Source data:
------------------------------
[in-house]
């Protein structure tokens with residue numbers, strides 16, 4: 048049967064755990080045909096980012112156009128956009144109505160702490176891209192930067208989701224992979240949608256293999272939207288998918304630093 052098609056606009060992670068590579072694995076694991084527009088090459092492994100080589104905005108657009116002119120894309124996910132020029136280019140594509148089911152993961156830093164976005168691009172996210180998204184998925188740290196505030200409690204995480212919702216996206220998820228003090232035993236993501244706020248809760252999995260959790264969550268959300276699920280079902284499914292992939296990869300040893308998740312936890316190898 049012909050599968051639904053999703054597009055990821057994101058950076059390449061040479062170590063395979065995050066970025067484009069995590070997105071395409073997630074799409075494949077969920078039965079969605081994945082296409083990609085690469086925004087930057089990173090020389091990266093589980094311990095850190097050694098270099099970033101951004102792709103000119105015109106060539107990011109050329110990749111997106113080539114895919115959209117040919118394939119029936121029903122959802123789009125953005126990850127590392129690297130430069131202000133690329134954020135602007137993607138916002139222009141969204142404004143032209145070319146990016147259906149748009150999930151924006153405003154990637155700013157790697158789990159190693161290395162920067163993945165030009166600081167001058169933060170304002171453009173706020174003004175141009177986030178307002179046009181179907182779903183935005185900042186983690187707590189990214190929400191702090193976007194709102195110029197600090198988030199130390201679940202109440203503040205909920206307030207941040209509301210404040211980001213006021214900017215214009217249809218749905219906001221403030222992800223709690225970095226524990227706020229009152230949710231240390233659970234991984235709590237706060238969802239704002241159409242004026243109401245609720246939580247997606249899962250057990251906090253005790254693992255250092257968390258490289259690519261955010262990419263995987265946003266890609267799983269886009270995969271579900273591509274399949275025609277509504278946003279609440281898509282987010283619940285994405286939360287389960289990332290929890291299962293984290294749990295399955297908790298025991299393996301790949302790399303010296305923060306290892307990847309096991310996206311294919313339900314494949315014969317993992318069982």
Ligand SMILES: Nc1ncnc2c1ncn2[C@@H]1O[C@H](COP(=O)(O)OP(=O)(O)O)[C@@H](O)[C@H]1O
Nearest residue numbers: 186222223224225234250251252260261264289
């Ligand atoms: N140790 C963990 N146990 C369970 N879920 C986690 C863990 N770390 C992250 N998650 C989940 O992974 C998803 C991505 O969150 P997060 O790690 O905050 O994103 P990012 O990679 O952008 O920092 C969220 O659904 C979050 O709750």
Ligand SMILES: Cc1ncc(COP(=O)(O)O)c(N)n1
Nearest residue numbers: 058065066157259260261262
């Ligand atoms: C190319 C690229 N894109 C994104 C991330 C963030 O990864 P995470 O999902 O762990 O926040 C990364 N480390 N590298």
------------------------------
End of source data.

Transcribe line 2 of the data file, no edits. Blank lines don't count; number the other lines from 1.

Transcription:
């Protein structure tokens with residue numbers, strides 16, 4: 048049967064755990080045909096980012112156009128956009144109505160702490176891209192930067208989701224992979240949608256293999272939207288998918304630093 052098609056606009060992670068590579072694995076694991084527009088090459092492994100080589104905005108657009116002119120894309124996910132020029136280019140594509148089911152993961156830093164976005168691009172996210180998204184998925188740290196505030200409690204995480212919702216996206220998820228003090232035993236993501244706020248809760252999995260959790264969550268959300276699920280079902284499914292992939296990869300040893308998740312936890316190898 049012909050599968051639904053999703054597009055990821057994101058950076059390449061040479062170590063395979065995050066970025067484009069995590070997105071395409073997630074799409075494949077969920078039965079969605081994945082296409083990609085690469086925004087930057089990173090020389091990266093589980094311990095850190097050694098270099099970033101951004102792709103000119105015109106060539107990011109050329110990749111997106113080539114895919115959209117040919118394939119029936121029903122959802123789009125953005126990850127590392129690297130430069131202000133690329134954020135602007137993607138916002139222009141969204142404004143032209145070319146990016147259906149748009150999930151924006153405003154990637155700013157790697158789990159190693161290395162920067163993945165030009166600081167001058169933060170304002171453009173706020174003004175141009177986030178307002179046009181179907182779903183935005185900042186983690187707590189990214190929400191702090193976007194709102195110029197600090198988030199130390201679940202109440203503040205909920206307030207941040209509301210404040211980001213006021214900017215214009217249809218749905219906001221403030222992800223709690225970095226524990227706020229009152230949710231240390233659970234991984235709590237706060238969802239704002241159409242004026243109401245609720246939580247997606249899962250057990251906090253005790254693992255250092257968390258490289259690519261955010262990419263995987265946003266890609267799983269886009270995969271579900273591509274399949275025609277509504278946003279609440281898509282987010283619940285994405286939360287389960289990332290929890291299962293984290294749990295399955297908790298025991299393996301790949302790399303010296305923060306290892307990847309096991310996206311294919313339900314494949315014969317993992318069982």